What crime? Newsom budget proposes more than $300M to combat retail theft in California

Announcement came a few weeks after dozens of looters ransacked several high profile stores in the Bay Area.
Gavin Newsom

Gov. Gavin Newsom announced a slew of new funding Friday to address crime across California, marking the state’s latest effort to crack down on retail theft after a series of smash-and-grab robberies last month.

The governor, joined by Attorney General Rob Bonta, offered a preview of around $335 million in funding proposed in his January budget to address organized retail crime and theft after a series of stores were robbed last month in the Bay Area and Los Angeles.

Newsom is asking for $250 million in grant funding in his budget proposal for local law enforcement to address retail theft, $20 million in grants for district attorneys to investigate and prosecute theft, $20 million for border issues, $20 million in grants for small businesses affected by theft and $25 million to support local gun buyback programs.

The governor’s proposal will have to be reviewed and approved by lawmakers before any funding is allocated, meaning it could be months until any of these grants take effect. Newsom is set to formally introduce his budget to the Legislature in January.

“Crime and violence is top of mind all throughout not only the state of California, but all across the United States; highlighted recently by some high profile retail operations,” Newsom said Friday. “These organized retail gangs, these organized retail mobs that are not only increasing and heightening the anxiety that people are feeling but, more importantly, are expressing themselves in a way that has a profound impact on our feeling of safety here in this state, this region and, as I note, across this country.”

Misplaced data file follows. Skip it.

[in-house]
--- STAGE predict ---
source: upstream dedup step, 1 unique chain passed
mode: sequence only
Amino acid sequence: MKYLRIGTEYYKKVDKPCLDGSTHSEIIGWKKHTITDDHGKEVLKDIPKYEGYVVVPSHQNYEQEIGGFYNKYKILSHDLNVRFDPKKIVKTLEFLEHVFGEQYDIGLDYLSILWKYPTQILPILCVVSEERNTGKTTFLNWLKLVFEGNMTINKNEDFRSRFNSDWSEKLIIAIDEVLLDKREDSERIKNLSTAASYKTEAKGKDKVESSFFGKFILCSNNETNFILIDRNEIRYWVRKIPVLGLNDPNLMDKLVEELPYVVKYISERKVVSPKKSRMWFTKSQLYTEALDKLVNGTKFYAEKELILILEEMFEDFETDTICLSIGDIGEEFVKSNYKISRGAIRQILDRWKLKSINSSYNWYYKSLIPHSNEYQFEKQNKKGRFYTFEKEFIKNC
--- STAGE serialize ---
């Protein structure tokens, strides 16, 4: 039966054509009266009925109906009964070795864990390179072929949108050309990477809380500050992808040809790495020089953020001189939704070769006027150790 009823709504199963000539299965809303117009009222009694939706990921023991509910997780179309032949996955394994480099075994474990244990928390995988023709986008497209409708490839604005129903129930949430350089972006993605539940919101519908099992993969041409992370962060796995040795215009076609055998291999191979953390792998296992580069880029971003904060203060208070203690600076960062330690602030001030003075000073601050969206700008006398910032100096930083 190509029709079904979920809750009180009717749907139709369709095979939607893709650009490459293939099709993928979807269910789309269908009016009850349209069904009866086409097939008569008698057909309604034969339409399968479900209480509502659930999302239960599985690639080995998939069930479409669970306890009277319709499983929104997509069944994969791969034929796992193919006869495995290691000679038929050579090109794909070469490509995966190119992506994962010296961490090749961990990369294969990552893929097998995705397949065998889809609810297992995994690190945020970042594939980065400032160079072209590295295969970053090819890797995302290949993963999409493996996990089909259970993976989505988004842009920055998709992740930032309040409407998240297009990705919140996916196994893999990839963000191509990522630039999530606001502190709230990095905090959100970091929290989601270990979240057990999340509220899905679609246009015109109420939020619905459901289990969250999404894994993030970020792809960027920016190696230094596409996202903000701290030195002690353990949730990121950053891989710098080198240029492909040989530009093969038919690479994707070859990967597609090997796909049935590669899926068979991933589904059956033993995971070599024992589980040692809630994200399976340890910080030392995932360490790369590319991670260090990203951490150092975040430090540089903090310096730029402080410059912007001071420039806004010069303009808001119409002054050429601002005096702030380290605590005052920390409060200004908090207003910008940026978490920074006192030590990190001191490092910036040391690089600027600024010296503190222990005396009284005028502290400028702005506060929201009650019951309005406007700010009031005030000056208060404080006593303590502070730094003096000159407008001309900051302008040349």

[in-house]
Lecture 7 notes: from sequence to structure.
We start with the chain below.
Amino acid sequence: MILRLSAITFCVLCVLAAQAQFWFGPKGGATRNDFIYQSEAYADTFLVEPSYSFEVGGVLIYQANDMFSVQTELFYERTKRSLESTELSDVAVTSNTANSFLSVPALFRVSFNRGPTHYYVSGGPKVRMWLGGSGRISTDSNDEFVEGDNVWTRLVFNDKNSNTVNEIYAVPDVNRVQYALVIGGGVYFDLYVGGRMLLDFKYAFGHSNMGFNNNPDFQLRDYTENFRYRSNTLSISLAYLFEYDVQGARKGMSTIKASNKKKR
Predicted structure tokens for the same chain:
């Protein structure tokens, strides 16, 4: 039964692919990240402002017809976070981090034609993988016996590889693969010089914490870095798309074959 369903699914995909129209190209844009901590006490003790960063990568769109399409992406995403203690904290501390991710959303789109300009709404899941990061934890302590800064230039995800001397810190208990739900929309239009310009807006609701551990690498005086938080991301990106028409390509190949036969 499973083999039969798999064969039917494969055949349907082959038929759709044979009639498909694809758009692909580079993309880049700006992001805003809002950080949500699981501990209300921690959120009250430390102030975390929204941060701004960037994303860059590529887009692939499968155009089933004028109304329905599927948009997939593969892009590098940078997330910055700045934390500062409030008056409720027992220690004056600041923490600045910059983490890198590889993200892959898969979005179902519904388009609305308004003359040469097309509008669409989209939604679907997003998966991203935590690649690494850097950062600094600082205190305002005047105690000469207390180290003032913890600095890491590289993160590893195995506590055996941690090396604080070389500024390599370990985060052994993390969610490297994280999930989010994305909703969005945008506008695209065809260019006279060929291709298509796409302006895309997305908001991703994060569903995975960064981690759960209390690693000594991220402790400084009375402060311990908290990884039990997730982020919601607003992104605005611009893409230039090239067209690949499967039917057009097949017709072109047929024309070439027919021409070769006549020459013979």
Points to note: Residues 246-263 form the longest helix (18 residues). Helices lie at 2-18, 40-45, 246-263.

The governor’s announcement came a few weeks after dozens of looters ransacked several high profile stores in the Bay Area, stealing thousands of dollars worth of merchandise and causing several San Francisco stores to board up their windows. Similar thefts were reported in Los Angeles.

While promising an increase in funding for law enforcement to pursue thieves and perpetrators of crimes, Newsom said Friday new funding will not roll back the state’s commitment to violence intervention programs. The state allocated $200 million over three years in last year's budget for the advancement of such programs.

“We're not walking back on our commitment in the state to advance comprehensive reforms. We're not walking back in this state to right the wrongs of the past,” Newsom said. “But we also have to recognize this moment we're in, and we have to recognize people's fears and anxieties.”

Newsom’s budget proposal also will spur the creation of a full-time California Department of Justice team that would be dedicated to investigating and prosecuting retail theft in California, working in conjunction with Bonta. The attorney general said Friday the additional funding will bolster the department’s efforts to “tackle organized retail theft” and “crack down” on violent crime.

Critics have attributed the spike in retail theft to Proposition 47, a 2014 ballot initiative that lowered sentencing for some nonviolent offenses, including crimes where the retail value of stolen goods does not exceed $950. After last month’s series of thefts, some Republican lawmakers said they would introduce legislation to repeal the proposition.

Newsom addressed the criticism Friday, saying Proposition 47 has nothing to do with retail thefts and promised the state would hold offenders accountable while also reforming the criminal justice system.

“I'm just sick and tired of this either/or debate, which I think is rather lazy and unfortunate,” the governor said.

Senate Republican Leader Scott Wilk, R-Santa Clarita, issued a statement after Newsom’s announcement that was critical of the governor’s investment in public safety despite “encouraging soft on crime policies.”

“The Democrats’ relentless push for their ‘criminals first’ agenda has turned this once-majestic state into a sanctuary for criminals,” Wilk said. “It shouldn’t have taken increasing homicide rates, widespread news reports of smash-and-grabs, and pleas from Californians for Democrats to come to this realization.”

Other groups, however, praised Newsom for his efforts and applauded him for new investments in combatting retail theft.

“The budget package announced today by Governor Newsom designates significant resources for improved public safety and prosecutorial efforts. This is welcome news,” California Chamber of Commerce President and CEO Jennifer Barrera said in a statement. “We urge the Legislature to approve this budget package so the problems created by these organized theft rings can be most effectively addressed.”